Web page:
Executors: Salem my son, Theodore Ecclestone, and John Hall, and £10 each to the last two. If they refuse, then to James Greene of Newington Greene, Fustian Merchant, and Robert Dickins, nigh London Bridge, Hop Merchant, as executors, £20 each. To poor of Low Ley ton where I now live, £10. To Coachman Jonas 40s. Witnesses : Dan : Coxe, Ric : Day, Tho : East, Gierke to Mr. Day.


Location of Plough Court on Horwoods Map of London First Edition of 1792 /9.

In 1725 Silvanus Bevan II renewed with Salem Osgood, the lease of 2 Plough Court and took over the lease of the tenement called the Golden Fleece, 3 Plough Court, after the death the Widow Machin the previous occupier.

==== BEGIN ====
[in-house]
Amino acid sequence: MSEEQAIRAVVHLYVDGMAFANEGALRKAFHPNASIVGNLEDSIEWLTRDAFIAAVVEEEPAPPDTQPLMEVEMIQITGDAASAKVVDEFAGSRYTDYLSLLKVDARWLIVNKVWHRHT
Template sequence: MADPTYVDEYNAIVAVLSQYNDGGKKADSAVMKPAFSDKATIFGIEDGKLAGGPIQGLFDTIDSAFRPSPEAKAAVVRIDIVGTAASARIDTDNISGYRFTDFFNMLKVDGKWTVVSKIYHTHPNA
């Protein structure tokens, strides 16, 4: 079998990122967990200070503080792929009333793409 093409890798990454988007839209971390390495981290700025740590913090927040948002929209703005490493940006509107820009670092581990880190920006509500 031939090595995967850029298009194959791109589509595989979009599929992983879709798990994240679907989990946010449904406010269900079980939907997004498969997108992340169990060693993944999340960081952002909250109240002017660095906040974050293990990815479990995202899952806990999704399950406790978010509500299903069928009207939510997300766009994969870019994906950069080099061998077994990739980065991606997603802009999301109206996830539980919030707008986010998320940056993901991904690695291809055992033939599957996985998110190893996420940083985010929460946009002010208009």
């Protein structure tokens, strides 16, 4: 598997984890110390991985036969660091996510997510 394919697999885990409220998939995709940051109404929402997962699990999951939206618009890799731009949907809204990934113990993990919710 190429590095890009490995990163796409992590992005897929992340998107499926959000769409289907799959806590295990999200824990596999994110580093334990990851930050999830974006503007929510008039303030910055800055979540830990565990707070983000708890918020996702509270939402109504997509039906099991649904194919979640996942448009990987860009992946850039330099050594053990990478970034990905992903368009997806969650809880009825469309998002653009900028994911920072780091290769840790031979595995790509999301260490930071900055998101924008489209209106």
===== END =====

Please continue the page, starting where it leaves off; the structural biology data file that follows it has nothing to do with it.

Here follows scans of the schedule attached to the lease of 2 Plough Court when it was renewed.

These scans taken from Appendix 2 of Plough Court, The Story of a notable Pharmacy 1715 - 1927, By Ernest C Cripps. Published London, Allan and Hanbury Ltd 37 Lombard Street, EC3, 1927.

Silvanus Bevan died 4 June 1765 at his home in Hackney,
see Lloyds Evening Post, 7 June 1765, no 1235.

Location of Plough Court - Map Engraved for Thornton's New and Complete  History and Survey of London and Westminster,